Death Trance
Year: 2006
Length: 90min
Role: Grave
Yuji Shimomura
Action Director:
Tak Sakaguchi

Average: 5
Death Trance

"An unknown time. An unknown place. Without reason. With no future. His only desire is... destruction."

I found out about this movie by accident, and boy am I glad I did. I bought the Devil May Cry 3 artbook Note of Nought and it had an interview with Yuji Shimomura because he was the action director. But in addition to the interview, it also had a little segment on his new movie, Death Trance, and that Tak was in it. I shrieked with joy and quickly went to the website they provided. I was absolutely blown away by the trailer and immediately ordered it. I obsessed over it for days while waiting for it to arrive, watching the trailers over and over again. It finally came on the day I had to visit the Convergence convention. All I could do before heading out was hug the box cooing "I love you, pretty box!!" and then spend Convergence showing my friends the trailer... over and over.

On my way back from the convention, I picked up some double cheese and pepperoni stuffed crust pizza and prepared myself for a night of Death Trance. But I didn't prepare myself enough. As an artist at heart, I am highly sensitive to beauty. If I take in too much prettiness too fast, my brain experiences a meltdown from sensory overload. It's probably the closest to orgasm I can get outside of sex. As blissful as such an unbridled high is, it is also terrifying because I lose all control of my thoughts. To avoid all this, I usually try to desensitize myself gradually to things I know might trigger it. I didn't think I would need to take precautions with Death Trance, but I was terribly mistaken.

It's not all that hard to make me happy. I like pretty things. I like blood. I like blood on pretty things. But this? This was something else. I expected Tak to look gorgeous, but he utterly surpassed my expectations in every respect. I swear the older he gets the more he looks like a younger Johnny Depp. The monk, by the way (Takamasa Suga), wasn't bad either... not bad at all. The fight scenes were amazing, and I had to stop and rewind in several places just to soak in the coolness of it all. I also had to take several breaks to pace around and calm down because the movie was actually good and entertaining - it seemed too good to be true. Then came the blood. Beautiful, beautiful blood without the icky gore. I gaped awestruck as chaotic neurons shot sparks in my head. I didn't know what to do. I had to physically bite down on my hand to keep myself from running up a wall.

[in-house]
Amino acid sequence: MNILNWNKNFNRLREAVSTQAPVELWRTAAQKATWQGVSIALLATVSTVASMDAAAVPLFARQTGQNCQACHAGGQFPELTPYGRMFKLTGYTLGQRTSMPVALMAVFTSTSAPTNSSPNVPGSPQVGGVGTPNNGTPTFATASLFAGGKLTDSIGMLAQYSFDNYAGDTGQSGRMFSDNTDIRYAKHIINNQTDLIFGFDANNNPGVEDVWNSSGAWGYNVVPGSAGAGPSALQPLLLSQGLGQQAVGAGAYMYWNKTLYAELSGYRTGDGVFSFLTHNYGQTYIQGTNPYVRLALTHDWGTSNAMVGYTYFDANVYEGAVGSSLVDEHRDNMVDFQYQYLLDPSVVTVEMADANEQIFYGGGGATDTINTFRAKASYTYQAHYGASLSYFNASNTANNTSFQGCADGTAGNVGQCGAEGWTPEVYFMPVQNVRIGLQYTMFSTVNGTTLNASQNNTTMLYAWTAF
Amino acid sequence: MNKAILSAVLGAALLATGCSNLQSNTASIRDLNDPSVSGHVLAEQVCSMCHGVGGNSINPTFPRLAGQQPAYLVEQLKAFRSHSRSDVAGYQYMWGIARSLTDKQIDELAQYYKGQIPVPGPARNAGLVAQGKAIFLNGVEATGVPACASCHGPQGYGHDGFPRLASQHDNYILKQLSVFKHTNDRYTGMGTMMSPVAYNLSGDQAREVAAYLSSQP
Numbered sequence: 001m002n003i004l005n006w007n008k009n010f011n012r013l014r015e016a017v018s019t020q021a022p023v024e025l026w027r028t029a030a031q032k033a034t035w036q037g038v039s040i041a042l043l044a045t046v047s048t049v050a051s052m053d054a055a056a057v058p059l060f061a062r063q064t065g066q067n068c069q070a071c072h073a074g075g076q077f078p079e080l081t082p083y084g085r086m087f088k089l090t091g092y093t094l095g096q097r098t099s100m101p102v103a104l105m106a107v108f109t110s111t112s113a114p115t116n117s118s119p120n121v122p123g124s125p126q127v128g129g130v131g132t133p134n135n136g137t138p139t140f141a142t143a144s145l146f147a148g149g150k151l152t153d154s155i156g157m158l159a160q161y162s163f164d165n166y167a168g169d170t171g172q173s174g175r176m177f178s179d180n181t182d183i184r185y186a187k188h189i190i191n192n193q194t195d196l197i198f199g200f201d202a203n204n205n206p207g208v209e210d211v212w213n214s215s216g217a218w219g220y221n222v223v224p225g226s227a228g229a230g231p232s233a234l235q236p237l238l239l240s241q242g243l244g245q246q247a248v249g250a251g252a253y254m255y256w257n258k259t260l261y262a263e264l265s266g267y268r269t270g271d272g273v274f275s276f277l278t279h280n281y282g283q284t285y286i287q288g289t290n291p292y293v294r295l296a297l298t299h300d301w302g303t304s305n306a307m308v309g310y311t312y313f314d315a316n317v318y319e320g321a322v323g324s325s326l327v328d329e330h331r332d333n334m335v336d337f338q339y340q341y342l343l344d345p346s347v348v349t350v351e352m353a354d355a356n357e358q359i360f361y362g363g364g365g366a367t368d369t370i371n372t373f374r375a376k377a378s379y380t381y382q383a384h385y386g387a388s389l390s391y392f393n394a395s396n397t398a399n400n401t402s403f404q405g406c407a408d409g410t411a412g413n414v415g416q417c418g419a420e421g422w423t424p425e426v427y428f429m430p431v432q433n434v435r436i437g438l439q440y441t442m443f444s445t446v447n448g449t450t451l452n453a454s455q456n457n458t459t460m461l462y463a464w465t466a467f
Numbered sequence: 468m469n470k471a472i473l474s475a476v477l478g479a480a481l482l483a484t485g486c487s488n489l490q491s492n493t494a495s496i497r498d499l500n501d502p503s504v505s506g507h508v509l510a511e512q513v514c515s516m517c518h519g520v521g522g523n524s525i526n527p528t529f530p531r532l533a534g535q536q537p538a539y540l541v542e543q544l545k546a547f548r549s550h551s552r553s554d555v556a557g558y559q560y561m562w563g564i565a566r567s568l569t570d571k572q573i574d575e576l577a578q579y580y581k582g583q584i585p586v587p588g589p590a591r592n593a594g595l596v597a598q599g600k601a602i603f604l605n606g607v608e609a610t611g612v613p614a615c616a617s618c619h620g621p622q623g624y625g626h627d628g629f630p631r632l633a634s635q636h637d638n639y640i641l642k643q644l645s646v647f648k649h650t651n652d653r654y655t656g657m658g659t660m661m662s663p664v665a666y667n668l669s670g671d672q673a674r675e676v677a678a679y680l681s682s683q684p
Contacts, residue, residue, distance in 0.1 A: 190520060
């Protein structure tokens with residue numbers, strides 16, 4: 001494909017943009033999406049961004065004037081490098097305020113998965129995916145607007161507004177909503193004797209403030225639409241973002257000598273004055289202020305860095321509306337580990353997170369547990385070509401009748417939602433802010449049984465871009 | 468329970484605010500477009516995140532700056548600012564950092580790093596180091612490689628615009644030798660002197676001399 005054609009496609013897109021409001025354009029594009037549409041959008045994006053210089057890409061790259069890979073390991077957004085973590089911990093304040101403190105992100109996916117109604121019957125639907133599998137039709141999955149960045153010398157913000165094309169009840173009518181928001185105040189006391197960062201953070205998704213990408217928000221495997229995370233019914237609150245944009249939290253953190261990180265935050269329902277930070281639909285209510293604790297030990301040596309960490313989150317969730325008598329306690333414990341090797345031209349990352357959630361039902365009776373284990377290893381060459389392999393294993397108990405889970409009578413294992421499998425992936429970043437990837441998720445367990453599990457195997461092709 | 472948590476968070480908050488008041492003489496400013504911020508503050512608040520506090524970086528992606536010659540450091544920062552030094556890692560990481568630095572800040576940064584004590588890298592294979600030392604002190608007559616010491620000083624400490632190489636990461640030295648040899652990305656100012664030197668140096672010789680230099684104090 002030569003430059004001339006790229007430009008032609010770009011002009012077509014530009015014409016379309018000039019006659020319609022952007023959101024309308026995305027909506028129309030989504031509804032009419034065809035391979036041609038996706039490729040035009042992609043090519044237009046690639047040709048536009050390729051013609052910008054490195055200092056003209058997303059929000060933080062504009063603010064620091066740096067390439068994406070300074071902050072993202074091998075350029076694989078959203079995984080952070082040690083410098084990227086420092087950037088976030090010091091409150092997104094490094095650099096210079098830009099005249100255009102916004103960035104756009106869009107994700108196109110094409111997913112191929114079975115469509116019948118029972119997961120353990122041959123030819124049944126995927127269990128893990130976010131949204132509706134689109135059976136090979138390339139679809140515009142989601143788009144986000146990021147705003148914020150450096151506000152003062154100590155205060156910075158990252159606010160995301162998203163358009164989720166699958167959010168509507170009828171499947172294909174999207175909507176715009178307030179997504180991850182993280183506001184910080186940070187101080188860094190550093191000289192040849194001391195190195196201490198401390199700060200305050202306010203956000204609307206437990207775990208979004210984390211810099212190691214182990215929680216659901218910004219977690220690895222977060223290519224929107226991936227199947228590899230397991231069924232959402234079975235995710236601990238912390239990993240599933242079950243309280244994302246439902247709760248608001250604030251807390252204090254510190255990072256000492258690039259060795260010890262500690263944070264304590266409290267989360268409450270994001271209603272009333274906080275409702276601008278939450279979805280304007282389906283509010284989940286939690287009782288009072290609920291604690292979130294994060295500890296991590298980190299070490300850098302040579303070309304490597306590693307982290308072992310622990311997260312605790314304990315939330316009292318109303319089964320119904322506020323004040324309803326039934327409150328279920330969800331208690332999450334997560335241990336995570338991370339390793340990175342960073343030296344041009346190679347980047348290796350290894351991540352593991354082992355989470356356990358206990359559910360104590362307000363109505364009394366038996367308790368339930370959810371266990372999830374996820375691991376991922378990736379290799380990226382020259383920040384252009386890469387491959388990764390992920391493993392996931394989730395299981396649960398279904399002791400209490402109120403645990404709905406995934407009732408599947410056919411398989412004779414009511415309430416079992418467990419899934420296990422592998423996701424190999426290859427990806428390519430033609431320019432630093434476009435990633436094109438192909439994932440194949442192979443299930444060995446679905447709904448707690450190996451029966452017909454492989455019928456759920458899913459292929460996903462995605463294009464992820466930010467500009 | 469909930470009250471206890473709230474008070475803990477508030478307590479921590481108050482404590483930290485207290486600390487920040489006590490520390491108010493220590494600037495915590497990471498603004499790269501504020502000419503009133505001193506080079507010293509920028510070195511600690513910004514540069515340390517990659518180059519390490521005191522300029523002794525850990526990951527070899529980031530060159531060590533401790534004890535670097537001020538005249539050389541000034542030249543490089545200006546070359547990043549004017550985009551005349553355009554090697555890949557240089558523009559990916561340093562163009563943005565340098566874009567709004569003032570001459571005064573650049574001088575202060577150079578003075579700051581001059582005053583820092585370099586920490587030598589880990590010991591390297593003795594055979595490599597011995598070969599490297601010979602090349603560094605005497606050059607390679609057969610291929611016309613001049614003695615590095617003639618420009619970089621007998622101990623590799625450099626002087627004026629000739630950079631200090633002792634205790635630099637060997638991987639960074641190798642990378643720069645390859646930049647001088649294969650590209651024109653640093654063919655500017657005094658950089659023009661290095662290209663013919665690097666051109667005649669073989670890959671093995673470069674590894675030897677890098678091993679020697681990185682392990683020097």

There was a scene where Tak's character Grave was being drained by humanoid spiders. They had him seemingly helpless in their grasp, but then his eyes flashed red, he tore away from them, and beat them down with inhuman strength. This instantly reminded me of Devil Trigger in Devil May Cry, and linked Tak with Dante in my mind. Brain went haywire and blanked out. I knew I had to take a longer break. I scurried off to my computer and harassed anyone I saw online with incoherent ramblings. I couldn't keep pace with my thoughts, I couldn't control them, I couldn't calm down... time passed and it wouldn't go away. I was getting worried, but enjoying every minute of it.

With no other option before me, I forced myself to come back and sit civilly through the rest of the movie. Still, it was very hard to contain myself and I couldn't help uttering animalistic noises every few seconds to release tension. The final fight, though not much for action, was visually stunning! Like a Hong Kong martial arts flick meets American Beauty. Blood and rose petals floating everywhere. It was great. But the ending made me want to throw the pizza box at the screen. Terrible cliffhanger with no resolution.

Tak was the action director for Death Trance. As he explains in his interview, he felt fights with fake punches didn't look realistic enough, so he decided to do away with the fake punch altogether. He would actually hit the stuntmen and have them hit him. Not hard, but solidly enough to look real onscreen. Brilliant, sweetheart.

Image Gallery
More Pictures

DVD Extras
More Pictures

back to shrine


DISCLAIMER: All images copyright Tak Sakaguchi, Ryuhei Kitamura, Yudai Yamaguchi, Yuji Shimomura, and all respective owners whose work, support, distribution, etc contributed to the making of the movies, interviews, documentaries, etc. I do not know Tak Sakaguchi and have nothing to do with him (yet?). I am just here to admire his work. No copyright infringement is intended.